1999 Chrysler 300 Repair Question
300m. can a faulty crank sensor cause the pcm to not send voltage to injectors and coils?
scan for codes and check fuel pressure first. if you think it's the crank sensor check connections.
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My friend replaced the fuel pump thinking that was the problem and still crank but no start. Unhooked the cam sensor and no start. I Would really like to know about testing the crank sensor. I've heard about the tach bouncing when cranking if the crank sensor is ok. true/false?
Going to get back to the car for more testing later today.
No codes were found, but will scan again.
3 questions asked
check to see if lcranksensor or cam sensor are getting power and then check resistance of crank andcam sensor, we don't have any specs for there, if the reisitance is high then it may be bad . you'll have to check against a new one unfortunately.
18,721 answers provided
Hi guys. You have to check for voltage to the coil(s) and injectors while cranking the engine. If you do have 12 volts, the cam and crank sensors are working. The bouncing tach is not valid. It is run by the instrument cluster which is a computer module, when it gets information from the Body Computer.
Unplugging either sensor will guarantee a no-start condition. Both signals are needed for the Engine Computer to know the engine is rotating, (cranking or running), then it turns on the automatic shutdown (ASD) relay which sends current to the coils, injectors, alternator field, and fuel pump or pump relay. That's a safety feature to prevent a fire in the event of a crash that ruptures a fuel line. With fuel spilling onto the ground there can be no pressure so the engine will stall, the signals stop, the computer turns off the ASD relay, and the fuel pump turns off. Most people jump on the dead fuel pump but you rightly noticed the spark is missing too.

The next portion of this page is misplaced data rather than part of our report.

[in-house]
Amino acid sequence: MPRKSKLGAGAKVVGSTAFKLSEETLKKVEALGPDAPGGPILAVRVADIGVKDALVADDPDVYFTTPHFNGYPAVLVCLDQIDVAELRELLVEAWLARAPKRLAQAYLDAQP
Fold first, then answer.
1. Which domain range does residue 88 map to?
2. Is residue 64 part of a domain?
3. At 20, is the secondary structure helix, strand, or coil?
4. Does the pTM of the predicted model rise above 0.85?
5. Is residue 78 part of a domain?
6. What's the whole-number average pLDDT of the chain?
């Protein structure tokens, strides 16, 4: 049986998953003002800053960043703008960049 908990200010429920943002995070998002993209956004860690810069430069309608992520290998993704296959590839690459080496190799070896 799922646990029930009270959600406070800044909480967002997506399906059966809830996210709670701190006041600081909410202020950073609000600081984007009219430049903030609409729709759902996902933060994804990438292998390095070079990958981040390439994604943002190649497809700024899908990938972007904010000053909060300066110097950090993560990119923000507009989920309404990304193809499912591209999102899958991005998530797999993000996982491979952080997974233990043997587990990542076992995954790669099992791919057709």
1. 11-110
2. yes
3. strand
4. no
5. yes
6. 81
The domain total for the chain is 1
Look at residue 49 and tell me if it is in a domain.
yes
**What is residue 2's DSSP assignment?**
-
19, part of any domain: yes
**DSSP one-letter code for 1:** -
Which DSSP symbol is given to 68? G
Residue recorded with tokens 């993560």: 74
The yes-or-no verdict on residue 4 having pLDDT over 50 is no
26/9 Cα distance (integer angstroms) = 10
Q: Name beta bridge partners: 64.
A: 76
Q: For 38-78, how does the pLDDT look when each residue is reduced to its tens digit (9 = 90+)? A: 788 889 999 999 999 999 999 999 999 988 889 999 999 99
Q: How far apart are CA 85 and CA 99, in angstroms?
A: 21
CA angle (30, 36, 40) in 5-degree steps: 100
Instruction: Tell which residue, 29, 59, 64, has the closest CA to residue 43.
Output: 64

Hmac300 suggested checking for codes. That is always the place to start but if you disconnected the battery any codes will be erased. Cam and crank codes often will not set during cranking. One of the sensors has to fail while driving.
The best way to tell if the cam and crank sensors are working is to use a scanner to view live data during cranking. They will be listed with "no" or "present". The crankshaft position sensor has the higher failure rate, and both of them often fail by becoming heat-sensitive. The most common complaint is a no-start after the car is parked for 20 minutes with a hot engine. The heat migrates up to the sensor, then it works again after cooling down for an hour or so.
I don't know which style of crank sensor is used in your engine because you didn't list the size, but some of them are adjustable. They use a thick paper spacer stuck to the end to set the critical air gap. If you pull it out, you need to use a new spacer from the dealer when putting it back in. Some aftermarket replacements have a thin plastic rib molded onto the end to set the gap. When reinstalling one of those you are to cut the remaining part of the rib off and use a paper spacer.
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